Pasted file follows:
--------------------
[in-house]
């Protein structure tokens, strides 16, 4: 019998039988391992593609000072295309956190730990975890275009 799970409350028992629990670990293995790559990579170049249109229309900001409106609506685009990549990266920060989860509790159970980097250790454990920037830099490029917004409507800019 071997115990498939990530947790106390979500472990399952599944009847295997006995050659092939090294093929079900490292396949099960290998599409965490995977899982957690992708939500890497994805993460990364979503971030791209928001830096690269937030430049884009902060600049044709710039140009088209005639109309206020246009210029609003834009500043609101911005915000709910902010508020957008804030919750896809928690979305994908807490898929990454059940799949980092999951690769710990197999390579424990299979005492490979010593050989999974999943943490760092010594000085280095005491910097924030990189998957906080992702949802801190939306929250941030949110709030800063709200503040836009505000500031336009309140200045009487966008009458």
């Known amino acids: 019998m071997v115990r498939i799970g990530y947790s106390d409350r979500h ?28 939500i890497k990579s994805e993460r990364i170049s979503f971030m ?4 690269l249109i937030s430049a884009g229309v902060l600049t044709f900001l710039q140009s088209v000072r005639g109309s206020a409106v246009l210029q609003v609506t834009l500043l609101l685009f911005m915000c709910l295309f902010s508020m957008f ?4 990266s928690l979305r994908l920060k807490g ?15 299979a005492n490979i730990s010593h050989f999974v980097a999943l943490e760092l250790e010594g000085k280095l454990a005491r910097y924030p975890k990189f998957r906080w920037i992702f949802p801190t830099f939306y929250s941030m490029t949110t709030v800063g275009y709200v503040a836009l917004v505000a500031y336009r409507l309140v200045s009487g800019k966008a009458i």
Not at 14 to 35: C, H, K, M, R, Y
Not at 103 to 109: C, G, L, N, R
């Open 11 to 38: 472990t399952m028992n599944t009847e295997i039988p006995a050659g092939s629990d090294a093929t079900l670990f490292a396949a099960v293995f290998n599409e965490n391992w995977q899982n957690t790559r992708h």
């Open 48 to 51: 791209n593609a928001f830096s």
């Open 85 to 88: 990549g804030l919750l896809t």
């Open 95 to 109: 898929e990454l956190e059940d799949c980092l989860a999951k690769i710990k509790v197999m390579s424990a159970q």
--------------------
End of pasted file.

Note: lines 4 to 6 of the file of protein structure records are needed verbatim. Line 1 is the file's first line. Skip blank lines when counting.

Not at 14 to 35: C, H, K, M, R, Y
Not at 103 to 109: C, G, L, N, R
């Open 11 to 38: 472990t399952m028992n599944t009847e295997i039988p006995a050659g092939s629990d090294a093929t079900l670990f490292a396949a099960v293995f290998n599409e965490n391992w995977q899982n957690t790559r992708h």